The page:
The baseball season is two months old, and the New York Mets have a .500 record. That is about where they should be if you go by preseason expectations, but the calculus changed after the team got off to an 11-1 start. The Mets slumped a bit at end of April, but were still in good position with a 17-9 record and sole possession of first place in the National League East. All of the good will from that start is gone after a dreadful May that saw the Mets go 10-18, falling back to .500 and into fourth place in a surprisingly competitive division.
Even the most optimistic Mets’ fan knew things wouldn’t be good when the team started off the month getting swept on a six game homestand. The Mets followed that up by dropping two out of three to the worst team in the National League, the Cincinnati Reds, before splitting a pair in Philadelphia. Things got better on the next homestand, where the Mets won five of the first six, including a four game winning streak. That positive energy evaporated when the Mets lost the final two games of the home stand to the Miami Marlins, the National League’s other abysmal team, before finding every possible way to blow leads on their eight game road trip. The Mets went just 3-5 on that trip, salvaging a split in Atlanta after getting beat up by Milwaukee, before dropping their final game of the month to the Chicago Cubs.
There were certainly plenty of injury issues for the Mets in August, who saw seven players from the Opening Day roster (Yoenis Cespedes, Todd Frazier, A.J. Ramos, Jacob deGrom, Juan Lagares, Wilmer Flores, and Noah Syndergaard) all land on the disabled list. Only deGrom has come back from his injury at this point, so the fact that the Mets are only .500 and four games out of the NL East lead in the loss column is a positive. The Mets still need to play better as a team, but they have somehow stayed afloat in spite of all the bad things that have happened to them.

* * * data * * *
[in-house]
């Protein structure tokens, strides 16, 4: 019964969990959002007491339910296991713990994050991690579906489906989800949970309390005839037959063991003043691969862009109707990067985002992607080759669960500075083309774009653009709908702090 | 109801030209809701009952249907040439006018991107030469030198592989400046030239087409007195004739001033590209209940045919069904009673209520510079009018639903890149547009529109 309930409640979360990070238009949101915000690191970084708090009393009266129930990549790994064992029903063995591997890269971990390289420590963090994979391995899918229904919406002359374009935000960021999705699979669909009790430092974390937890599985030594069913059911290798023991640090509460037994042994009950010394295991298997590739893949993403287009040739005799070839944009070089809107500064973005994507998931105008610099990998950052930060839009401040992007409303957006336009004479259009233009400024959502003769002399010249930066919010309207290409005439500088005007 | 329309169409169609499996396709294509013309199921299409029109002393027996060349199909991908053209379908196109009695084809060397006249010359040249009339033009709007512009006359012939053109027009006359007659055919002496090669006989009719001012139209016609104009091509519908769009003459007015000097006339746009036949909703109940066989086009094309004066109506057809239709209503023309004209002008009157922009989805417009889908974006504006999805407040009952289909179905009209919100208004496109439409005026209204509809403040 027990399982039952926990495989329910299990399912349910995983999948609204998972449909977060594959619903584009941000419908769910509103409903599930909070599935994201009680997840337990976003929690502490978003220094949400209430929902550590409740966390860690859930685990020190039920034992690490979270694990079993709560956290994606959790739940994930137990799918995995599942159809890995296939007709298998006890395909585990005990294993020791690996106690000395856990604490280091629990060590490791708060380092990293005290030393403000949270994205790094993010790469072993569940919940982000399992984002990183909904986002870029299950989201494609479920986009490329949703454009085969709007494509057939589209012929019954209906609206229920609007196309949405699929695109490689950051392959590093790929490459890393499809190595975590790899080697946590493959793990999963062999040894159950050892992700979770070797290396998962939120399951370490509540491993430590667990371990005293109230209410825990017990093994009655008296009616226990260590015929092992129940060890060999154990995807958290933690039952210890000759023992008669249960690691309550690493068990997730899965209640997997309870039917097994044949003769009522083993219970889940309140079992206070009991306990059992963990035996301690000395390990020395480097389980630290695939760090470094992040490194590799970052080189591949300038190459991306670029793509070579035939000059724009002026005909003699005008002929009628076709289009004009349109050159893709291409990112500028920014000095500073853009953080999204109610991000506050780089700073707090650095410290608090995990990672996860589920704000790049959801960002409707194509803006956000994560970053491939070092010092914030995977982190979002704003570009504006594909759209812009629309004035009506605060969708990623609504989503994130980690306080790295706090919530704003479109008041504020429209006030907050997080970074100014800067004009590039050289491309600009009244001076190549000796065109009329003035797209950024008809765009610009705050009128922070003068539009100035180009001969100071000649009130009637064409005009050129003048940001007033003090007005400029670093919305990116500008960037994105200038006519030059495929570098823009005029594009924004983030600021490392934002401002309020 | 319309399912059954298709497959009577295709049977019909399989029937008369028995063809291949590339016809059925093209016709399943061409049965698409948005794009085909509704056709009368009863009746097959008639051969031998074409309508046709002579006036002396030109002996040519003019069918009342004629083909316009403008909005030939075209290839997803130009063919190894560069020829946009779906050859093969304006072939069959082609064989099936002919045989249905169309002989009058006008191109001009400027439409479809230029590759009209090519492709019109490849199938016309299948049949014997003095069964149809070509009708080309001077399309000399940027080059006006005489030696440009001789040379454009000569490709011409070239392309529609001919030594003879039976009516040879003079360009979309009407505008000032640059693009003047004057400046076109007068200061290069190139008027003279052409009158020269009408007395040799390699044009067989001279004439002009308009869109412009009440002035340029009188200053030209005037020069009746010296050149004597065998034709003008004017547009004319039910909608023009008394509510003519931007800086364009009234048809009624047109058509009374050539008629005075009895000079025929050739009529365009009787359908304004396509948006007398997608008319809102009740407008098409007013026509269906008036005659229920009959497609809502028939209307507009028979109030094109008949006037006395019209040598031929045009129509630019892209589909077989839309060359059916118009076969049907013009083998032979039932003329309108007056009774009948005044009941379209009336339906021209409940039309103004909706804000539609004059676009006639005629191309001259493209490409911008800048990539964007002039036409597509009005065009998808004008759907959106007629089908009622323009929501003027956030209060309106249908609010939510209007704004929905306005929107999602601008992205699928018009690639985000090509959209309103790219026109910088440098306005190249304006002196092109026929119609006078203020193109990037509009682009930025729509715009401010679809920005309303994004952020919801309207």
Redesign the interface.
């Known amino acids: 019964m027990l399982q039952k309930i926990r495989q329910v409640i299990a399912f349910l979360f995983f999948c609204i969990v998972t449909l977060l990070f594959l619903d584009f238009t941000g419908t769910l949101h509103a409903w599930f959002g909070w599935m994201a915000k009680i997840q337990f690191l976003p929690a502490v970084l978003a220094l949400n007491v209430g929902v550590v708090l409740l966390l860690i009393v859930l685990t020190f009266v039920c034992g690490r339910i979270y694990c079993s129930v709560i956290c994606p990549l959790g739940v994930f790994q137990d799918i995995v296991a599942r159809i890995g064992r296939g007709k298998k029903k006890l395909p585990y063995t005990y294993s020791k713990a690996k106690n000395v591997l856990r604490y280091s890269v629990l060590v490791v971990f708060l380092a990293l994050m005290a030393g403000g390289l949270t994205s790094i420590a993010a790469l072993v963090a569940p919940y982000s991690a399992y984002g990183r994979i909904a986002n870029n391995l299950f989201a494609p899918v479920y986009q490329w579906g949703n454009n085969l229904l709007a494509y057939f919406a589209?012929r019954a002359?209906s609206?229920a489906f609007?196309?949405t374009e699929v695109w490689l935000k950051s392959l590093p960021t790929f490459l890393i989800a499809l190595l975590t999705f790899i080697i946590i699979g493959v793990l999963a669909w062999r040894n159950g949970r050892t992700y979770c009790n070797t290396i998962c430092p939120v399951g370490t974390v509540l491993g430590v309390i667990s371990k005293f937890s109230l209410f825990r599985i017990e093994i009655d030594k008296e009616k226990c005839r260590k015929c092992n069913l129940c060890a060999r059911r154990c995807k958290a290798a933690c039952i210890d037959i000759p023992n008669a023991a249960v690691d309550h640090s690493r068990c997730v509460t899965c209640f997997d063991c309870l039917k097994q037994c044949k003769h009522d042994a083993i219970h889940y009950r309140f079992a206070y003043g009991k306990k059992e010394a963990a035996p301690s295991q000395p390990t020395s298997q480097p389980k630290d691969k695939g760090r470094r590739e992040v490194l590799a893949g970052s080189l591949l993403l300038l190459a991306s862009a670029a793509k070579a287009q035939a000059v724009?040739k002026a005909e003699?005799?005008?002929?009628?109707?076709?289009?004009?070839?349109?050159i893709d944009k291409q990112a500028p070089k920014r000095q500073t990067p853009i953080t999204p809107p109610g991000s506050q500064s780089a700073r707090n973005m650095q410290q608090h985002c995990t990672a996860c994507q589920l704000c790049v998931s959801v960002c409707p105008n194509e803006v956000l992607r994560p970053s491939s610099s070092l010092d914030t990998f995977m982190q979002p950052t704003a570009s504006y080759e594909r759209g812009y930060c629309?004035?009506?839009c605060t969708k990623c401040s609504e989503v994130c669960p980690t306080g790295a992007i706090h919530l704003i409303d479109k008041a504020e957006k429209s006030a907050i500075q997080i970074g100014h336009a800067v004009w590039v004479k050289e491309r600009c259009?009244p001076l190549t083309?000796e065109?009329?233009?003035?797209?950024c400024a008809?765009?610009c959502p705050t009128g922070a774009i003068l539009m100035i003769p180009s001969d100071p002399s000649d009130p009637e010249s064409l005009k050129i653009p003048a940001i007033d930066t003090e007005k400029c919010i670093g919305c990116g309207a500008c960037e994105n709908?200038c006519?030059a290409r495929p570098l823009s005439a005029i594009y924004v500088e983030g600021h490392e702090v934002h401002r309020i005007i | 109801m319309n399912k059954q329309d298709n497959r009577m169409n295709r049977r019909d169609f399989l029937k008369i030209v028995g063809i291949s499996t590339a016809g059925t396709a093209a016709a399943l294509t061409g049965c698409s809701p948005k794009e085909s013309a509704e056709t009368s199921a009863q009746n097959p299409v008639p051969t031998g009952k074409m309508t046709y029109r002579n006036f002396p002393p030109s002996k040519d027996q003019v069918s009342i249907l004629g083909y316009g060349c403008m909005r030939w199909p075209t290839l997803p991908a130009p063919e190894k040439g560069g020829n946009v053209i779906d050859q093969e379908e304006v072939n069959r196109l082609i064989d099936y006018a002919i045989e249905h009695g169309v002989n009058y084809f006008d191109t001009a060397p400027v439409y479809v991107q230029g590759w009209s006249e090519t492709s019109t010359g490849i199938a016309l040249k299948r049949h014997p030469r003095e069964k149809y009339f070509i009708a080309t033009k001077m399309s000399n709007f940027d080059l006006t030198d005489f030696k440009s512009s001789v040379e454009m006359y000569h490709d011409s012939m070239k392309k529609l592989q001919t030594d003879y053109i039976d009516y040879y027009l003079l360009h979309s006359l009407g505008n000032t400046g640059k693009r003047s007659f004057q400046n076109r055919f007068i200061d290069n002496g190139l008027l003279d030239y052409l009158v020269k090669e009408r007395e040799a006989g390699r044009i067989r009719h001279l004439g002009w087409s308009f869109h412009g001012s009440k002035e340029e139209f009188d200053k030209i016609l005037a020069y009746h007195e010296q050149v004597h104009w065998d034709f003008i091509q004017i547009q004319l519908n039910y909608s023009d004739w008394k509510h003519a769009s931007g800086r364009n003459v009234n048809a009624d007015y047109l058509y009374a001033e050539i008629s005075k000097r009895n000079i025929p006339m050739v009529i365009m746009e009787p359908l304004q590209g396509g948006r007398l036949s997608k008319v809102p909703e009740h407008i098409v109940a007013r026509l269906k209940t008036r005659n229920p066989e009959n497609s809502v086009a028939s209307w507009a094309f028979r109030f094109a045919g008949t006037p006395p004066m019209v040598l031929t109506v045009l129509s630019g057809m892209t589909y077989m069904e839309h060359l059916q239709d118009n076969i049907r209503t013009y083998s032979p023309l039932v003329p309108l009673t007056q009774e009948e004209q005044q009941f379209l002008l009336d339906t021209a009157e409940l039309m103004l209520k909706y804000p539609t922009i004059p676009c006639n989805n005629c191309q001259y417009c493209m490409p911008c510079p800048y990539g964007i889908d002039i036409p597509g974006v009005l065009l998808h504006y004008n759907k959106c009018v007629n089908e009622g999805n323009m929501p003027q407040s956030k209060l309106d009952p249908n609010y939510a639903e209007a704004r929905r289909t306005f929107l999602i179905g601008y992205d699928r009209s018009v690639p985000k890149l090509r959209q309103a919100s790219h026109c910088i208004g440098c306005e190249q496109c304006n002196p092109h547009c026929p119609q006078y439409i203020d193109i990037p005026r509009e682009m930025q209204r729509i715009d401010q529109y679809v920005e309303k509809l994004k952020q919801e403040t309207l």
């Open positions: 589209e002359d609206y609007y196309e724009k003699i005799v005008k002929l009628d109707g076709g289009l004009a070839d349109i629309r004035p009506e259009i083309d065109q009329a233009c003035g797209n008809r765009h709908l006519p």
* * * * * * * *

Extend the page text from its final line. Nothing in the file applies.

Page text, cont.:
There wasn’t a ton that went right for the Mets’ offensively in May. Yoenis Cespedes (.324/2/3) was heating up before he got hurt, and the same can be said for both Wilmer Flores (.290/1/8) and Juan Lagares (.333). New acquisition Jose Bautista acquitted himself well, batting .304 with three doubles, while Adrian Gonzalez quietly contributed a .289 batting average with three homers and seven RBI’s. The brightest spot might be Brandon Nimmo, who hit .277 with an impressive .406 on base percentage.
Pitching wise, deGrom was excellent, going 1-0 with a 0.69 ERA in five starts in May, and could have won all of them if not for his elbow injury and the horrendous Mets’ bullpen. Seth Lugo was one of the few bright spots out there, pitching to a 1.21 ERA in 12 appearances, while Steven Matz (1-1, 2.25 ERA) managed to turn his season around after a rough start.
The road doesn’t get any easier for the Mets in June, as they have to face many quality teams, including the Cubs, New York Yankees, Arizona Diamondbacks, Braves, Los Angeles Dodgers, Colorado Rockies, and Pittsburgh Pirates. The Mets play 26 games in June, but they should start getting injured players back in the coming weeks, potentially as soon as Monday with Frazier and Anthony Swarzak. If they can go 15-11 in June, simply playing four games above .500, the Mets should be able to stay afloat before the All Star Break.